The forest companies and environmental groups that signed the CBFA only constituted two of the four parties needed on board for this vision to fall into place. Provincial governments, which manage public lands and tenures, and regional communities and governments (particularly Aboriginal) would both be needed to be on board before any permanent changes could take place under the Agreement.

The CBFA had highlighted several pilot areas at its conception with which to focus and explore the nitty-gritty, on-the-ground details of implementing the broad vision of the agreement. The idea was that if the CBFA model could be successful in a few targeted regions of the Canadian boreal it would ideally work elsewhere. Things moved along slowly behind the scenes over the next year or so and the CBFA largely fell out of the spotlight.

Pressure to create some good news intensified earlier this year, though, when several of the participating environmental groups went to the media to express their frustration at the lack of progress going forward. Many of the benchmarks outlined in the Agreement had yet to be met and few of them had been met on time according to the original timeline.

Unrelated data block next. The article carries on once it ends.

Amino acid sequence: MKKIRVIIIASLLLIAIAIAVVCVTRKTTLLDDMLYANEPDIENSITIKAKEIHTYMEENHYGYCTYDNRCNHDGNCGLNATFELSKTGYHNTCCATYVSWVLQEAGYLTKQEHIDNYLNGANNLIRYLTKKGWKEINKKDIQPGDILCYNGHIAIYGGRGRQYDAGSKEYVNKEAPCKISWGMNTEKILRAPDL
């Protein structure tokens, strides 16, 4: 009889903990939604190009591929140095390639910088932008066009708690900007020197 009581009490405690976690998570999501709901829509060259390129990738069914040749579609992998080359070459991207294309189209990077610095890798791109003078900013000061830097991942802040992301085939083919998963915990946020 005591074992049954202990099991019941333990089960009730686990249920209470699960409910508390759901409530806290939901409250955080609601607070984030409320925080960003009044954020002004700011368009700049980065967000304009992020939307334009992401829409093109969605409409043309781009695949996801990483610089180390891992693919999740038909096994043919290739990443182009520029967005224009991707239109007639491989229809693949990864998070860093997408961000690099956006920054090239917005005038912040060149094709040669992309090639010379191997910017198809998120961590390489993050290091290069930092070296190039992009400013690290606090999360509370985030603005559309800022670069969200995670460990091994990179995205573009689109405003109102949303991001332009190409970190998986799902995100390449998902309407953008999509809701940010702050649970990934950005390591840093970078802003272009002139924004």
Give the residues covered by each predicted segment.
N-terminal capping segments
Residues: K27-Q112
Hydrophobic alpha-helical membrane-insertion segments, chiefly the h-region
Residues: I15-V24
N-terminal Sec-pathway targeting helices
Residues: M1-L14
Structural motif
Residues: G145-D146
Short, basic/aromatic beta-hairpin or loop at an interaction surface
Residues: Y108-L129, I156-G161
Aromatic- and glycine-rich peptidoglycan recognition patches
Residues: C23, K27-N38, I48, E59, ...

But through it all a dedicated group of people continued working on a pilot project in Ontario and in July, CBFA representatives (which included timber titans Tembec and Resolute Forest along with environmental groups such as the Canadian Parks and Wilderness Society) announced that they had reached a final agreement that had the support of the local community and the regional First Nation. The provincial government expressed support but still has to review the plan and decide if it will make it official.


Boreal forest in northern Ontario
Credit: Jeff Wells

The crown jewel of this leap forward is the suspension of all logging in 835,000 hectares (2.1 million acres – roughly the size of Yellowstone National Park) of caribou habitat in the Abitibi River forest region of northeastern Ontario. More than 2 million hectares (5 million acres) of additional forest will be managed more sustainably throughout the region.